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A hole of radius $ r $ is bored through the center of a sphere of radius $ R > r $. Find the volume of the remaining portion of the sphere.

$V=\frac{4}{3} \pi\left(R^{2}-r^{2}\right)^{3 / 2}$

Applications of Integration

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Missouri State University

Harvey Mudd College

University of Nottingham

Idaho State University

So for this problem, we're going to be using the washer method. We have to integrate along the Y axis, focusing on the inner diameter and the outer diameter. So we're going to use symmetry and double the integral. So rather than doing it from a negative square root to a positive square root, we'll just go from y equals zero to y equals the square root of R squared minus R squared. Bigger and little are and then the upper limit is going to be found by using the Pythagorean theorem on the right triangle in the following picture. So what we have is this we have our circle. Um, there's this smaller radius right here. This smaller radius is the little r. And then the larger radius right here is the big are we also have a larger radius straight here, Obviously, which is going to be the same since its circle. Um, so we want to solve the circle equation for X. So first, what we have is r squared equals X squared plus y squared. So solving for X, we're going to get the X equals the square of R squared minus y squared. Then that means that our outer radius will be are one and that is R squared minus y squared and then our inner radius we already see as just are. So now we're going to integrate with the washer formula That's the equals pi times the bounds Where'd you decided that the bounds are zero to the square root of R squared minus y squared And then we plug in our our one squared minus r two squared. Once we do that, we end up being able to simplify a little bit further and it's going to be r squared minus y squared minus little r squared. Do you mind simplifying this further? Using integral zoned properties, we know we get four thirds our big R squared minus little r squared to the three halves. Um, and then we have the cylindrical shell method that we could also use. So what we have is r squared equals X squared plus y squared. And in this case, what we have is solving for why we'd get the square root of r squared my x squared, Um, and this is using this special method, but it would end up giving us the same answer and that is a volume of four thirds pie, um, four thirds pi. And that should be here to four thirds pi four thirds pi r squared minus little r squared to the three halves.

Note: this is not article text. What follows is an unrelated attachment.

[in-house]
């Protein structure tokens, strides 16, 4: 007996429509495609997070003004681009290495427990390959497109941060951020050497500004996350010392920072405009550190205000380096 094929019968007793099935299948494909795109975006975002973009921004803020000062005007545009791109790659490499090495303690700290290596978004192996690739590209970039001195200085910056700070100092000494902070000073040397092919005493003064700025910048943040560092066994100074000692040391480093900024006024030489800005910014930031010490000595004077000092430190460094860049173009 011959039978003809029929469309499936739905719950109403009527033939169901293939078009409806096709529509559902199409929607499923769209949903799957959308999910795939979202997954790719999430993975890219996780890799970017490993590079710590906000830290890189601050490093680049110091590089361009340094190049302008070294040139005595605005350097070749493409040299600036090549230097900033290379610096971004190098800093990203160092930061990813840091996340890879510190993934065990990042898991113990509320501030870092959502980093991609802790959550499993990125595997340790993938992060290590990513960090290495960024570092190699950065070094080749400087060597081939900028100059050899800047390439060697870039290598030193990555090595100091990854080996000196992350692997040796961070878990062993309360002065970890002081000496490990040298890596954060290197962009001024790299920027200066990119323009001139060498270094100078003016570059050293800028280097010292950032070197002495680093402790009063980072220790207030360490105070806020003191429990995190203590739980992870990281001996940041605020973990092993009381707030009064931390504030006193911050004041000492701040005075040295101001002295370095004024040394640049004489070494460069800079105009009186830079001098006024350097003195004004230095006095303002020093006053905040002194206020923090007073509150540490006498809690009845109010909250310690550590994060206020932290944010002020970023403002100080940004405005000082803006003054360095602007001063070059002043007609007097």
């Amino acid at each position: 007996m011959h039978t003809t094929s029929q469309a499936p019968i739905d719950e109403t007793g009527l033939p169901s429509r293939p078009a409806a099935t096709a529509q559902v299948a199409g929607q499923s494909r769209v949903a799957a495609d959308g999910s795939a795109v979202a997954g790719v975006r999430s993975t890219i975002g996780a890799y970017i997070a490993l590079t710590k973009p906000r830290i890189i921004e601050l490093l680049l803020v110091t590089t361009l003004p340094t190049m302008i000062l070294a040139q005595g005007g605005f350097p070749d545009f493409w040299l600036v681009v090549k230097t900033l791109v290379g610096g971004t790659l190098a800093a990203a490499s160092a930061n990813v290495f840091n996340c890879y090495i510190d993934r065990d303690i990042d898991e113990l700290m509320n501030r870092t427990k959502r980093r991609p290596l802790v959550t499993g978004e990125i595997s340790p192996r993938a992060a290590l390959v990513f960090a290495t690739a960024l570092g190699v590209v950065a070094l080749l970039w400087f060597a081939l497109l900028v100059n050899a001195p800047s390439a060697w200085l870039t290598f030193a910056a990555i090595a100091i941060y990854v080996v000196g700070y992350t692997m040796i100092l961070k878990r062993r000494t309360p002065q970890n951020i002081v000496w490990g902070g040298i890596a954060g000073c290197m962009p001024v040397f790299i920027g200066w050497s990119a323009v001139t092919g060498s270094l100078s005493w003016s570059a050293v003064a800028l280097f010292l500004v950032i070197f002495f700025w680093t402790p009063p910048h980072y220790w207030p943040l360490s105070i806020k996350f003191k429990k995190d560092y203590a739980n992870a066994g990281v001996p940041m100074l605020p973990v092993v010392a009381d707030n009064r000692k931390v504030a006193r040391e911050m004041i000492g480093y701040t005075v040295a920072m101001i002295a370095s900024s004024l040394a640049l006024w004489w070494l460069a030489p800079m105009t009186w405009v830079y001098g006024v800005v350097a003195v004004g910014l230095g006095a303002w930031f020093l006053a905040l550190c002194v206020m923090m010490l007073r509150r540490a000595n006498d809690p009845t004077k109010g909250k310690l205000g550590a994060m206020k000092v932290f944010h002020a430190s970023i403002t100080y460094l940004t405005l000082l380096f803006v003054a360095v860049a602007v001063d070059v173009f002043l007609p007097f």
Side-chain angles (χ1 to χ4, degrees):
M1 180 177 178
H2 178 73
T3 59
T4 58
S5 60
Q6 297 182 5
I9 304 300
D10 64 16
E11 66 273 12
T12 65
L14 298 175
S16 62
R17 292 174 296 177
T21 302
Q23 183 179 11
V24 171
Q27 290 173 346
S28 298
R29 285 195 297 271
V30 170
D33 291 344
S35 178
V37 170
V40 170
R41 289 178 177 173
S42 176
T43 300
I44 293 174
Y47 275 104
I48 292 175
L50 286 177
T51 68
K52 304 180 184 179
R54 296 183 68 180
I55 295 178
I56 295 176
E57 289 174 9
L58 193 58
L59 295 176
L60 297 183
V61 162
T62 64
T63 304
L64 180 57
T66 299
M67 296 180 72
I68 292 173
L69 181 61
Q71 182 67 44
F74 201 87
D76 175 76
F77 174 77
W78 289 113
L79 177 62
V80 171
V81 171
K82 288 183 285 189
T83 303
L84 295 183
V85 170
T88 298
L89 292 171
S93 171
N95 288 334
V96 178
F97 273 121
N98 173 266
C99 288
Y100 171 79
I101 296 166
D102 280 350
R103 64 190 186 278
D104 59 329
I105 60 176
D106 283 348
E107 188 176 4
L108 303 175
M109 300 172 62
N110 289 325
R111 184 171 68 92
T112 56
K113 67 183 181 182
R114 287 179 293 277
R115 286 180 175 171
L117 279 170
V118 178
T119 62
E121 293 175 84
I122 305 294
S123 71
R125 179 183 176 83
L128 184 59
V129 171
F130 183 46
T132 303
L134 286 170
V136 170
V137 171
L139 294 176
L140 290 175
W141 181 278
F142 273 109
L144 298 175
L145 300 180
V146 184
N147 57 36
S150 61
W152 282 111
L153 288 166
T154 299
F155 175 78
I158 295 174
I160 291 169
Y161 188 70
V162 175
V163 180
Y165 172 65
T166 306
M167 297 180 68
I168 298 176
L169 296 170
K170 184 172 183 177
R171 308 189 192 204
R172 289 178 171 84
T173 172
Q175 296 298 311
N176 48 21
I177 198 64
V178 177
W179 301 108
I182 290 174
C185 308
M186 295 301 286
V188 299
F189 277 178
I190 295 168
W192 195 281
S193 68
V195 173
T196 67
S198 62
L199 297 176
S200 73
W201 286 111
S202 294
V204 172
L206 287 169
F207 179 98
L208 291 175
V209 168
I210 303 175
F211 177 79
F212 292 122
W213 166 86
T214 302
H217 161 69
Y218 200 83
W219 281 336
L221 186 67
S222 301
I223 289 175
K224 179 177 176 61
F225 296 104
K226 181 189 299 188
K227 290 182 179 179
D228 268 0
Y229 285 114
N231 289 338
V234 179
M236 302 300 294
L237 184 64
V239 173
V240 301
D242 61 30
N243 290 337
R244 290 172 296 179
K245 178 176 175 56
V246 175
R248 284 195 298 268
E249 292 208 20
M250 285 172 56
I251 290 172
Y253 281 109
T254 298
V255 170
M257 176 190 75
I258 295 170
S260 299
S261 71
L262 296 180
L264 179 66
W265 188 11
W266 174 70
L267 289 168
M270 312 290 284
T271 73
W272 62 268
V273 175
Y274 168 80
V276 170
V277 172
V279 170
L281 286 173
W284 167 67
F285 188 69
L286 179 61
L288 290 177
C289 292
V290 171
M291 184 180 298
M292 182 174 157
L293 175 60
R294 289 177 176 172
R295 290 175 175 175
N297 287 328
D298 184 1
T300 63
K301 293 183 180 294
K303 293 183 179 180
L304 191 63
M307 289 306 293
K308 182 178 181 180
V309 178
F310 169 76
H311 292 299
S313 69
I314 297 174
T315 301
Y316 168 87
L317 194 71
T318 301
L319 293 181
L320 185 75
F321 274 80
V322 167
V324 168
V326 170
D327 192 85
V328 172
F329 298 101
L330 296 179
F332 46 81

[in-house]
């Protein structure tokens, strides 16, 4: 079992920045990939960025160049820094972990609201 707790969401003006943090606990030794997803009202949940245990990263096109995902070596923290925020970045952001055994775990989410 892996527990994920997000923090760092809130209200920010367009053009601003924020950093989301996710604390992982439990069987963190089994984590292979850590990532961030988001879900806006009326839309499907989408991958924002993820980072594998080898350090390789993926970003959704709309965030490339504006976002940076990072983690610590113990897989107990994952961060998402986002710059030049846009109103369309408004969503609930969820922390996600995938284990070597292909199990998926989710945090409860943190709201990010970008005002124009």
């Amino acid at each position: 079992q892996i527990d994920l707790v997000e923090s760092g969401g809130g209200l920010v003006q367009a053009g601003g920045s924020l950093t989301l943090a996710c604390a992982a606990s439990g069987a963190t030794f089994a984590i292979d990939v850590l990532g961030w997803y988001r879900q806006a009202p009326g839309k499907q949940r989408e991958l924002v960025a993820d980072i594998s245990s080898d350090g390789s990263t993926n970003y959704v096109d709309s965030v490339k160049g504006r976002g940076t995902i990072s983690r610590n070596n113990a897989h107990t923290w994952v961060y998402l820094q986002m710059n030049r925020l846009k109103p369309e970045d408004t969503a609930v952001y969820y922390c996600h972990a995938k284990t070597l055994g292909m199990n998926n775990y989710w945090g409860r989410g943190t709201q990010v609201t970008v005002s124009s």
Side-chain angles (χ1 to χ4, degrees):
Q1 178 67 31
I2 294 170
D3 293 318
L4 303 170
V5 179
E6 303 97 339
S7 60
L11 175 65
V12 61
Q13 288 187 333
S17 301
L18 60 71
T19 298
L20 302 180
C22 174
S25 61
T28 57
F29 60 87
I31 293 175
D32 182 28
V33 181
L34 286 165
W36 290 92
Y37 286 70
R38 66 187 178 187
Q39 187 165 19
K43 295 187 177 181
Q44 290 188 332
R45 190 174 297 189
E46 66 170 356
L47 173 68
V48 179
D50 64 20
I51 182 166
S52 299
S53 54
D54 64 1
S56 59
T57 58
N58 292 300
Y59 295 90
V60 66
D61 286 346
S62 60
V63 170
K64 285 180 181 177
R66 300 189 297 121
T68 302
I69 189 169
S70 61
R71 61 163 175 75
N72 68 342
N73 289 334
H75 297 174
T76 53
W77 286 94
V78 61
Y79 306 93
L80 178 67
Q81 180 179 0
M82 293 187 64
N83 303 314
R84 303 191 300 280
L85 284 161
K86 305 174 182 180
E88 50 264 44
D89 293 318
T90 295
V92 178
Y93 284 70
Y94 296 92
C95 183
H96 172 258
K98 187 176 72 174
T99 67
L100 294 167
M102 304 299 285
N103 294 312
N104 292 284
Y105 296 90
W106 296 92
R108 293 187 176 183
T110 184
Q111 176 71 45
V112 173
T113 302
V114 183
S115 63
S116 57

California Baptist University

Applications of Integration